HomeTop StoriesProposed bill could create more "predator traps."

Proposed bill could create more “predator traps.”

Sept. 4 – A bill that has sparked the interest of a local legislature aims to change a section of the criminal justice law that could make it easier to use evidence gathered by citizens who carry out online predator stings.

Should it succeed, however, a local self-proclaimed “predator catcher” with nearly 600 catches to his name doubts any more will take up his mantle.

“Not everyone has the guts to go out and do it,” says Luzerne County predator catcher Musa Harris.

Still, Harris said of the bill, “It’s good for me.”

Representative Jim Gregory, R-Blair, issued a memorandum on Aug. 25 seeking co-sponsors for a potential bill that would “give any individual the ability to impersonate a minor” and ban unlawful contact with the statute of minors to enforce.

Representative Jim Haddock, D-118, Pittston Twp., is one of the potential co-sponsors.

Haddock said input from the law enforcement community will be part of the legislative process.

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He stressed that the purpose of the bill is to stop a crime before it is committed.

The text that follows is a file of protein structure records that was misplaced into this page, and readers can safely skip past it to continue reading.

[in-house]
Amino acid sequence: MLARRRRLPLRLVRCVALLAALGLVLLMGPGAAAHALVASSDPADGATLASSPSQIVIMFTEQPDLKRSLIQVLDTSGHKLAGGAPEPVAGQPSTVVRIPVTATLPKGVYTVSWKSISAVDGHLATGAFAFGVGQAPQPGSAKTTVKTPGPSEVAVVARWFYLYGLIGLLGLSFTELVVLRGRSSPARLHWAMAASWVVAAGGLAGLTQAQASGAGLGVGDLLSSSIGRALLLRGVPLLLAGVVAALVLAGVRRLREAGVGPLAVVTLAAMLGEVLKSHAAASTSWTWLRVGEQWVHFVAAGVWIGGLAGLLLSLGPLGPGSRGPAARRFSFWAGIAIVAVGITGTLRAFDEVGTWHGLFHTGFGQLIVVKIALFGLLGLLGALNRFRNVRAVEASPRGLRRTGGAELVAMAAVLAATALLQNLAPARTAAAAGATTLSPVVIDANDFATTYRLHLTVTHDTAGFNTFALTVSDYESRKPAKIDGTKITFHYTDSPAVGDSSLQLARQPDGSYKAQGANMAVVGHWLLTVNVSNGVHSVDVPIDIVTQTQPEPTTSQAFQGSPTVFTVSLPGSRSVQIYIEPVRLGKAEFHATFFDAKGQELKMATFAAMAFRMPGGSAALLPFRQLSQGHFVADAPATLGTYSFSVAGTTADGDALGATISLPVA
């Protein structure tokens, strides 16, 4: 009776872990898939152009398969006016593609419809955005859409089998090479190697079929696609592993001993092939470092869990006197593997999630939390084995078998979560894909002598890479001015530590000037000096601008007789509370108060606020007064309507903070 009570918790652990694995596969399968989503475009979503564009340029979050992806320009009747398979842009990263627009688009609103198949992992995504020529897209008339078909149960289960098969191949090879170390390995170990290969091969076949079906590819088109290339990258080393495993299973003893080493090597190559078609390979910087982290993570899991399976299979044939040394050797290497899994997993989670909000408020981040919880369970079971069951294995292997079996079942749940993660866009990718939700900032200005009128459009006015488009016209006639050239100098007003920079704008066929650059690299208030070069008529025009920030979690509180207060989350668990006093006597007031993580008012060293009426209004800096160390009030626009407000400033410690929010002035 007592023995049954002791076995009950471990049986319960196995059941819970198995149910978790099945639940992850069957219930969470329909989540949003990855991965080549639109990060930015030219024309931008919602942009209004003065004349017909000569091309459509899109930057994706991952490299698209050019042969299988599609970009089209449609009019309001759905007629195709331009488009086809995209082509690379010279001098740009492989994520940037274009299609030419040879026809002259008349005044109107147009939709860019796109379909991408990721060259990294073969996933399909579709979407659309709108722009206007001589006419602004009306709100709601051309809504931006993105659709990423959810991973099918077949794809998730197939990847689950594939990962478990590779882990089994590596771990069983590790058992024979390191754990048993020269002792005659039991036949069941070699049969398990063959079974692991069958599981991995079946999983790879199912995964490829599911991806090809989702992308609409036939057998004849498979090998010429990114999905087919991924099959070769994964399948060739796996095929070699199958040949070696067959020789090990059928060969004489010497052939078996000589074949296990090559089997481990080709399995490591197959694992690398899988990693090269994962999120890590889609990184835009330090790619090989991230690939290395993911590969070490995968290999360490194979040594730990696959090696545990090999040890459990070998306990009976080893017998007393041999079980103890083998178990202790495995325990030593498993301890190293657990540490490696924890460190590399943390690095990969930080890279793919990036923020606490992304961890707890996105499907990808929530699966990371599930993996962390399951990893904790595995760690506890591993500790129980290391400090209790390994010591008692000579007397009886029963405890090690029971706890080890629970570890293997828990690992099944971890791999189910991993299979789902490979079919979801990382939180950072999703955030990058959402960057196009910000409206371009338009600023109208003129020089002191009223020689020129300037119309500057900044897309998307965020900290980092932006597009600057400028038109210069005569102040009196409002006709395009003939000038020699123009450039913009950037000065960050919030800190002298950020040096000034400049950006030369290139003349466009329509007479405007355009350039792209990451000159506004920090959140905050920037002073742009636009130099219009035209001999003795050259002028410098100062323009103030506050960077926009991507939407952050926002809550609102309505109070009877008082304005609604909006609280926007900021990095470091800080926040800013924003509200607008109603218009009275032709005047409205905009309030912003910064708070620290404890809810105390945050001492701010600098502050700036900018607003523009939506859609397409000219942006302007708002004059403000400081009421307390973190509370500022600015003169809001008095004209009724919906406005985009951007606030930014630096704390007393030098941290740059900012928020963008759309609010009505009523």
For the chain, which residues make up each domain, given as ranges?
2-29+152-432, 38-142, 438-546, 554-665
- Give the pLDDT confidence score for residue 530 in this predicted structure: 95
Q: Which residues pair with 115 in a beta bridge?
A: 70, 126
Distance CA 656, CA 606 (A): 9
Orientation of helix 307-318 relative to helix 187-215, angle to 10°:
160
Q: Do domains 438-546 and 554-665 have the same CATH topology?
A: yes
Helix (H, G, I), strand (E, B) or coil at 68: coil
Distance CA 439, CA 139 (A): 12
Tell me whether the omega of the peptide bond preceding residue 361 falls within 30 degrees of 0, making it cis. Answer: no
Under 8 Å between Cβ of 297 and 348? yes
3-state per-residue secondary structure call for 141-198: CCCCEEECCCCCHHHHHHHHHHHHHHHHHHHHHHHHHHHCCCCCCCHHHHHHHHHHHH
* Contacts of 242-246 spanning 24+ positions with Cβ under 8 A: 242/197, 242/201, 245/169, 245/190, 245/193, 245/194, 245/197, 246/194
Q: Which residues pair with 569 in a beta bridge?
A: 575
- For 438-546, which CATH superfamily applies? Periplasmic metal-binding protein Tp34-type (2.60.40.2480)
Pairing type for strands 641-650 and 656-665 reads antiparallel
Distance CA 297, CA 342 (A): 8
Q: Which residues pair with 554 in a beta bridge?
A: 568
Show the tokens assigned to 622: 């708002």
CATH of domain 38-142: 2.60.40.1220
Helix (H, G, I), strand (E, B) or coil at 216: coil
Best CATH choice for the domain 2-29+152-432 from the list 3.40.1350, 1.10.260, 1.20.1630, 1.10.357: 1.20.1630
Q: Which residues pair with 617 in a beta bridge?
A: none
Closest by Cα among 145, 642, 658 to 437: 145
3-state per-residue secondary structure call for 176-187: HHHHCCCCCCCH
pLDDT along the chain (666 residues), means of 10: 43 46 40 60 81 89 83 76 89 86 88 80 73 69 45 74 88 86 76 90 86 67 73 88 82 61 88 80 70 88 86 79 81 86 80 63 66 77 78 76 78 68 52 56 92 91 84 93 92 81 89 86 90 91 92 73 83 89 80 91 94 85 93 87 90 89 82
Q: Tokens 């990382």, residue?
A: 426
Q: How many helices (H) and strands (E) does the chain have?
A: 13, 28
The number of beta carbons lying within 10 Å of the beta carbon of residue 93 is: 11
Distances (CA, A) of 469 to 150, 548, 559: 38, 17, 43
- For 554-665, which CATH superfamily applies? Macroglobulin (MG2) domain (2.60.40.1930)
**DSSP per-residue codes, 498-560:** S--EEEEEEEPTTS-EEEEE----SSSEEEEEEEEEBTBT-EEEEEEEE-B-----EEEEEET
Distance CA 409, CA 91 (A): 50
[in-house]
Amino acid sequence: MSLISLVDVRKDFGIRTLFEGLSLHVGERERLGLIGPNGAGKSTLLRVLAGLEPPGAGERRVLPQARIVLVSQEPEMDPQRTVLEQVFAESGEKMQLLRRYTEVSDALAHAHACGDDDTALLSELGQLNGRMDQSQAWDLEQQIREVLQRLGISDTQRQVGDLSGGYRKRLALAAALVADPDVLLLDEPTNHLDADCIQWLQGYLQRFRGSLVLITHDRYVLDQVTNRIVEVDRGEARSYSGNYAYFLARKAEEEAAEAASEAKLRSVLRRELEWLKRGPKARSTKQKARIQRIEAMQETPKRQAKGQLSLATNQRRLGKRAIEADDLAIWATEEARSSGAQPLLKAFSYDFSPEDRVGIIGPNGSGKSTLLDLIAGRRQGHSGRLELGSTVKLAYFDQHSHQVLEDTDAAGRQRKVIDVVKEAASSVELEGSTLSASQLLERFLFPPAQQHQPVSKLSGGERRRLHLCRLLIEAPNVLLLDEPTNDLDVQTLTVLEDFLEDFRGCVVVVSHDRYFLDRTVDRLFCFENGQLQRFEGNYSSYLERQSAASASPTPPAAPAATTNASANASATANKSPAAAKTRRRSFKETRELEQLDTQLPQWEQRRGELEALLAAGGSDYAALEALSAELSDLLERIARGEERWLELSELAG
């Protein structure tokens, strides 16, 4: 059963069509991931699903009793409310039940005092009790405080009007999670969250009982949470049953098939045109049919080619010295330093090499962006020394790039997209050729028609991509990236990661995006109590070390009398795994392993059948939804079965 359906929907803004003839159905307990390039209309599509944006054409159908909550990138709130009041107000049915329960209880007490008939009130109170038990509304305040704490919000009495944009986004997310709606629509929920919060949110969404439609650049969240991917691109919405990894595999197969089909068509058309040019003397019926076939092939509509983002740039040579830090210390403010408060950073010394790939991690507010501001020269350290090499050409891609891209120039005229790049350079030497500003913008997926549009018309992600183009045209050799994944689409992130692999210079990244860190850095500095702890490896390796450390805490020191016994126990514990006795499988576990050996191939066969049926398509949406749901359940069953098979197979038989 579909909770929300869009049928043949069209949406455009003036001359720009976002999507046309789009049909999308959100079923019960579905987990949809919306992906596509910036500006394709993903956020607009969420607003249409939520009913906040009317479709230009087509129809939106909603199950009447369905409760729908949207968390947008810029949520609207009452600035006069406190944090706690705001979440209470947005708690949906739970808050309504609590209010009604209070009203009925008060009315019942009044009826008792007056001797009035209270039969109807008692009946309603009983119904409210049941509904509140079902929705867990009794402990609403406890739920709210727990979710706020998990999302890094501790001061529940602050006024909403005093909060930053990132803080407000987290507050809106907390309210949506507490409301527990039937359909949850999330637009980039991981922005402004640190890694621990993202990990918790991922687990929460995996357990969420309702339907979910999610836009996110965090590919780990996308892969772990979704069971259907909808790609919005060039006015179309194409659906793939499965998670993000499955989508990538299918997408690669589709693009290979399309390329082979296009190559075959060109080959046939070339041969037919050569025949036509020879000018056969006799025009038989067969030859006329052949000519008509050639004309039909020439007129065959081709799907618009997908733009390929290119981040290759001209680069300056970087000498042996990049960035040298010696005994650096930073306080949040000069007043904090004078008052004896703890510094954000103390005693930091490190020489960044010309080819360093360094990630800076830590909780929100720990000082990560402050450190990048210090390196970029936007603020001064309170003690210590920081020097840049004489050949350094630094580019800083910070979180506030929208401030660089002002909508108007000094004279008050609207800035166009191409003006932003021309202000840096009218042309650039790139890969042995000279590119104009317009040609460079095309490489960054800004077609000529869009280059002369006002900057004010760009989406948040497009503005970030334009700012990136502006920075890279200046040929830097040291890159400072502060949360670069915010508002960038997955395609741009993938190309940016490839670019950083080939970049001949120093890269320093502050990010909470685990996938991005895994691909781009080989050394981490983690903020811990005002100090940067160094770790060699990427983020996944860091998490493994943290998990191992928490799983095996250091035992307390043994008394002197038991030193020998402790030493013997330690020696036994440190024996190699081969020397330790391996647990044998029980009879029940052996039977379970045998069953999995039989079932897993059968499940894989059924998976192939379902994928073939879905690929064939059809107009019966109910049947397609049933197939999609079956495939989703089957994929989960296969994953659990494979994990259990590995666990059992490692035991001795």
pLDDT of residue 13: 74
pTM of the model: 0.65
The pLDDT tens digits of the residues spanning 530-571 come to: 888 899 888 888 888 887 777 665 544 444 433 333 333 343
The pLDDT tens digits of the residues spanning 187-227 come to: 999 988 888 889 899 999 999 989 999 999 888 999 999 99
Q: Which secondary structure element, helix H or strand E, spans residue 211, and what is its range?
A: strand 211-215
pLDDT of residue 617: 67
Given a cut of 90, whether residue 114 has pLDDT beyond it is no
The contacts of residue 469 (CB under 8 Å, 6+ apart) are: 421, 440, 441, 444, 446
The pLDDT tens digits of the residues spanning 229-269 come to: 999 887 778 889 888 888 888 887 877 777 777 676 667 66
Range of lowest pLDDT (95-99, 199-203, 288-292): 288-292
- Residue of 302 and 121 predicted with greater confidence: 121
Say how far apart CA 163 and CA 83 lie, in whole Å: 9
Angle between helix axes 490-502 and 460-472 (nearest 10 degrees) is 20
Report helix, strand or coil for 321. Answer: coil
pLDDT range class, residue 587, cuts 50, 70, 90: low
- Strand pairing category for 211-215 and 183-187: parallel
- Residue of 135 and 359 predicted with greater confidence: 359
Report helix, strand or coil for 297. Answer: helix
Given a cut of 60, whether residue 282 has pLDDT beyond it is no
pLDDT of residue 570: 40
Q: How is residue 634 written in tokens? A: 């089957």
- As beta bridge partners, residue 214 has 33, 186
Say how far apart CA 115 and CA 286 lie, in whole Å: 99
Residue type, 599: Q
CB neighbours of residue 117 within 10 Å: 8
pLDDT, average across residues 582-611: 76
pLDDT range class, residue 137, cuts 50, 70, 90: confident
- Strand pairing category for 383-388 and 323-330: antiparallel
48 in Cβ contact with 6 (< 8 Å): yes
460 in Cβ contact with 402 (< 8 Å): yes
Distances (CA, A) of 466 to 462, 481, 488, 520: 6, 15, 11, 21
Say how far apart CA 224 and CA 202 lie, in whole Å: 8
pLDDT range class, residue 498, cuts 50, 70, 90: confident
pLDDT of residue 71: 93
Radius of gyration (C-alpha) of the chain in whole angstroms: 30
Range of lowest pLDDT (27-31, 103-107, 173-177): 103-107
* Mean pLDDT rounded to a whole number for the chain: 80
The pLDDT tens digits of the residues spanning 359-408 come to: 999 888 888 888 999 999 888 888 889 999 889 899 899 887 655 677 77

“We’re trying to protect kids,” Haddock said. “We are trying to alleviate a terrible situation before it happens.”

The criminal charge of unlawful contact with a minor specifically requires the suspect to communicate with an actual minor or a law enforcement officer posing as such.

“At a time when our law enforcement agencies are experiencing significant staff shortages and retention issues, law enforcement officers are often unable to dedicate the time and resources necessary to catch the multitude of predators who search the Internet for vulnerable children,” wrote Gregory in his memo. “By allowing an individual to impersonate a minor for the purpose of enforcing unlawful contact with a minor by statute, these predators are less likely to target and prey on children.”

Expanding the language beyond that would result in more potential “trap vigilantes,” said Lackawanna County chief defense attorney Larry Moran.

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The legal community should oppose the proposal, as should law enforcement, he said.

“Effectively replacing people who feel on the spur of the moment that they are capable of righting an injustice is a very slippery slope. I don’t think anyone should get into that,” Moran said.

Several of Harris’s targets were actually prosecuted, primarily in Luzerne County.

Harris said prosecutors brought criminal charges against him alleging that suspects attempted unlawful contact.

Attempts to reach Lackawanna County District Attorney Mark Powell and Luzerne County District Attorney Sam Sanguedolce were unsuccessful.

Contact the writer:

[email protected],

570-348-9100, x5187;

@jkohutTT on Twitter.

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